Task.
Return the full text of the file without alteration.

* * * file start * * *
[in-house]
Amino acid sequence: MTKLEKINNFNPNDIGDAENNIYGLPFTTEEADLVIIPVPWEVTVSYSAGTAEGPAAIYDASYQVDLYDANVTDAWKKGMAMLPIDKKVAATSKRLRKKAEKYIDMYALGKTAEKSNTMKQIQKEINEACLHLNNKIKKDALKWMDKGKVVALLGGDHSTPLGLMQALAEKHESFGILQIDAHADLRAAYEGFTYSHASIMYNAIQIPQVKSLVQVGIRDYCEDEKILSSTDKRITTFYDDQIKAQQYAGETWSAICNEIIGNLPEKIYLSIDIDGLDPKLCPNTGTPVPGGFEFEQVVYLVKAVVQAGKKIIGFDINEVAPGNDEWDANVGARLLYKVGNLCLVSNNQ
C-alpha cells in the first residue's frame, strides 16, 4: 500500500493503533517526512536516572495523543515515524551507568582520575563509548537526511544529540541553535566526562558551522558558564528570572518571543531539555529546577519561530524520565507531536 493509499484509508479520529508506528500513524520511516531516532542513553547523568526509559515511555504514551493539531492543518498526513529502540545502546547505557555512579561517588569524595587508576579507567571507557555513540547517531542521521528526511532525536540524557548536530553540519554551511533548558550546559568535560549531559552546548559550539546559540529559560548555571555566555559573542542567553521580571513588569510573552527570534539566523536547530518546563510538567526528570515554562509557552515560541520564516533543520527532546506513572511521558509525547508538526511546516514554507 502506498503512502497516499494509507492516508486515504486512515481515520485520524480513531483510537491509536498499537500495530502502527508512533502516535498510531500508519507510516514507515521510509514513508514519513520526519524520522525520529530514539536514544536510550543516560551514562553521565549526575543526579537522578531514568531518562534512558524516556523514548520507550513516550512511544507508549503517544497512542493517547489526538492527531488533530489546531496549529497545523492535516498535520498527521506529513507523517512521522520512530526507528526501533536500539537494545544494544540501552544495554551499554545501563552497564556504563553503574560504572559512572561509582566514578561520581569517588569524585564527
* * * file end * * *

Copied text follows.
[in-house]
Amino acid sequence: MTKLEKINNFNPNDIGDAENNIYGLPFTTEEADLVIIPVPWEVTVSYSAGTAEGPAAIYDASYQVDLYDANVTDAWKKGMAMLPIDKKVAATSKRLRKKAEKYIDMYALGKTAEKSNTMKQIQKEINEACLHLNNKIKKDALKWMDKGKVVALLGGDHSTPLGLMQALAEKHESFGILQIDAHADLRAAYEGFTYSHASIMYNAIQIPQVKSLVQVGIRDYCEDEKILSSTDKRITTFYDDQIKAQQYAGETWSAICNEIIGNLPEKIYLSIDIDGLDPKLCPNTGTPVPGGFEFEQVVYLVKAVVQAGKKIIGFDINEVAPGNDEWDANVGARLLYKVGNLCLVSNNQ
C-alpha cells in the first residue's frame, strides 16, 4: 500500500493503533517526512536516572495523543515515524551507568582520575563509548537526511544529540541553535566526562558551522558558564528570572518571543531539555529546577519561530524520565507531536 493509499484509508479520529508506528500513524520511516531516532542513553547523568526509559515511555504514551493539531492543518498526513529502540545502546547505557555512579561517588569524595587508576579507567571507557555513540547517531542521521528526511532525536540524557548536530553540519554551511533548558550546559568535560549531559552546548559550539546559540529559560548555571555566555559573542542567553521580571513588569510573552527570534539566523536547530518546563510538567526528570515554562509557552515560541520564516533543520527532546506513572511521558509525547508538526511546516514554507 502506498503512502497516499494509507492516508486515504486512515481515520485520524480513531483510537491509536498499537500495530502502527508512533502516535498510531500508519507510516514507515521510509514513508514519513520526519524520522525520529530514539536514544536510550543516560551514562553521565549526575543526579537522578531514568531518562534512558524516556523514548520507550513516550512511544507508549503517544497512542493517547489526538492527531488533530489546531496549529497545523492535516498535520498527521506529513507523517512521522520512530526507528526501533536500539537494545544494544540501552544495554551499554545501563552497564556504563553503574560504572559512572561509582566514578561520581569517588569524585564527